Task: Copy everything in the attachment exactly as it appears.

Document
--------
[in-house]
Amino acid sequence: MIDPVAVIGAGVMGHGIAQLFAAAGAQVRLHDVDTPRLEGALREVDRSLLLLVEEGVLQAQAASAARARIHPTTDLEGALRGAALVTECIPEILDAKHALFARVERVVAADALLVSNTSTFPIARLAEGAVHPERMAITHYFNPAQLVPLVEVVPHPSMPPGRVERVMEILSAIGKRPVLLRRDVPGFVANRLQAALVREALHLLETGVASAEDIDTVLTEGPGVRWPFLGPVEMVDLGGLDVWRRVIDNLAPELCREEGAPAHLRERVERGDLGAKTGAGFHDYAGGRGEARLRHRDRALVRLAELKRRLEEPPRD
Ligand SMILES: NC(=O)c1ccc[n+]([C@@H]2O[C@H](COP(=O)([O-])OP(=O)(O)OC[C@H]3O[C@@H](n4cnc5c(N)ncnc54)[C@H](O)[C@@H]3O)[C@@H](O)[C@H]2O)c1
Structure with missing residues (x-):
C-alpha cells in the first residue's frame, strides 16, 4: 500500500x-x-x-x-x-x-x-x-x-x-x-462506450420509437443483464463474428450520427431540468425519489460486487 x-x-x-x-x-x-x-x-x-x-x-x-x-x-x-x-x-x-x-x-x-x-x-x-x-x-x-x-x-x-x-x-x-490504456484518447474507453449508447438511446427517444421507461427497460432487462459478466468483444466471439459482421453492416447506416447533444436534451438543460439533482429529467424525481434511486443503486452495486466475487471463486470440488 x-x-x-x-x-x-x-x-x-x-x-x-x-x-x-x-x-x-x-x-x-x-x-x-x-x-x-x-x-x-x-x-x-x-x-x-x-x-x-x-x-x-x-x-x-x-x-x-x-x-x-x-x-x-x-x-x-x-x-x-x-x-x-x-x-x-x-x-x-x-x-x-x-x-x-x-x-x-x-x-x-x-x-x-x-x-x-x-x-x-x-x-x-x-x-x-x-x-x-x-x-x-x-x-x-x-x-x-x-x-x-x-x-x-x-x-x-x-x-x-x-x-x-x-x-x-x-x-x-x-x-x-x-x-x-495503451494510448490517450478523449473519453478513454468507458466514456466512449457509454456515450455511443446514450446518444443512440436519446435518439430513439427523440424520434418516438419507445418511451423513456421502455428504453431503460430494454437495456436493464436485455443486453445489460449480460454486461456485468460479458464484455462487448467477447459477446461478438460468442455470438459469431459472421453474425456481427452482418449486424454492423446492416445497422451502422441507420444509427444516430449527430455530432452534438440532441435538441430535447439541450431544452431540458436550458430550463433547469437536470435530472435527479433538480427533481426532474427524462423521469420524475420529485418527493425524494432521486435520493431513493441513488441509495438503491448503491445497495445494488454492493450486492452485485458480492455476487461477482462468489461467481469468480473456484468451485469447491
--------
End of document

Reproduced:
[in-house]
Amino acid sequence: MIDPVAVIGAGVMGHGIAQLFAAAGAQVRLHDVDTPRLEGALREVDRSLLLLVEEGVLQAQAASAARARIHPTTDLEGALRGAALVTECIPEILDAKHALFARVERVVAADALLVSNTSTFPIARLAEGAVHPERMAITHYFNPAQLVPLVEVVPHPSMPPGRVERVMEILSAIGKRPVLLRRDVPGFVANRLQAALVREALHLLETGVASAEDIDTVLTEGPGVRWPFLGPVEMVDLGGLDVWRRVIDNLAPELCREEGAPAHLRERVERGDLGAKTGAGFHDYAGGRGEARLRHRDRALVRLAELKRRLEEPPRD
Ligand SMILES: NC(=O)c1ccc[n+]([C@@H]2O[C@H](COP(=O)([O-])OP(=O)(O)OC[C@H]3O[C@@H](n4cnc5c(N)ncnc54)[C@H](O)[C@@H]3O)[C@@H](O)[C@H]2O)c1
Structure with missing residues (x-):
C-alpha cells in the first residue's frame, strides 16, 4: 500500500x-x-x-x-x-x-x-x-x-x-x-462506450420509437443483464463474428450520427431540468425519489460486487 x-x-x-x-x-x-x-x-x-x-x-x-x-x-x-x-x-x-x-x-x-x-x-x-x-x-x-x-x-x-x-x-x-490504456484518447474507453449508447438511446427517444421507461427497460432487462459478466468483444466471439459482421453492416447506416447533444436534451438543460439533482429529467424525481434511486443503486452495486466475487471463486470440488 x-x-x-x-x-x-x-x-x-x-x-x-x-x-x-x-x-x-x-x-x-x-x-x-x-x-x-x-x-x-x-x-x-x-x-x-x-x-x-x-x-x-x-x-x-x-x-x-x-x-x-x-x-x-x-x-x-x-x-x-x-x-x-x-x-x-x-x-x-x-x-x-x-x-x-x-x-x-x-x-x-x-x-x-x-x-x-x-x-x-x-x-x-x-x-x-x-x-x-x-x-x-x-x-x-x-x-x-x-x-x-x-x-x-x-x-x-x-x-x-x-x-x-x-x-x-x-x-x-x-x-x-x-x-x-495503451494510448490517450478523449473519453478513454468507458466514456466512449457509454456515450455511443446514450446518444443512440436519446435518439430513439427523440424520434418516438419507445418511451423513456421502455428504453431503460430494454437495456436493464436485455443486453445489460449480460454486461456485468460479458464484455462487448467477447459477446461478438460468442455470438459469431459472421453474425456481427452482418449486424454492423446492416445497422451502422441507420444509427444516430449527430455530432452534438440532441435538441430535447439541450431544452431540458436550458430550463433547469437536470435530472435527479433538480427533481426532474427524462423521469420524475420529485418527493425524494432521486435520493431513493441513488441509495438503491448503491445497495445494488454492493450486492452485485458480492455476487461477482462468489461467481469468480473456484468451485469447491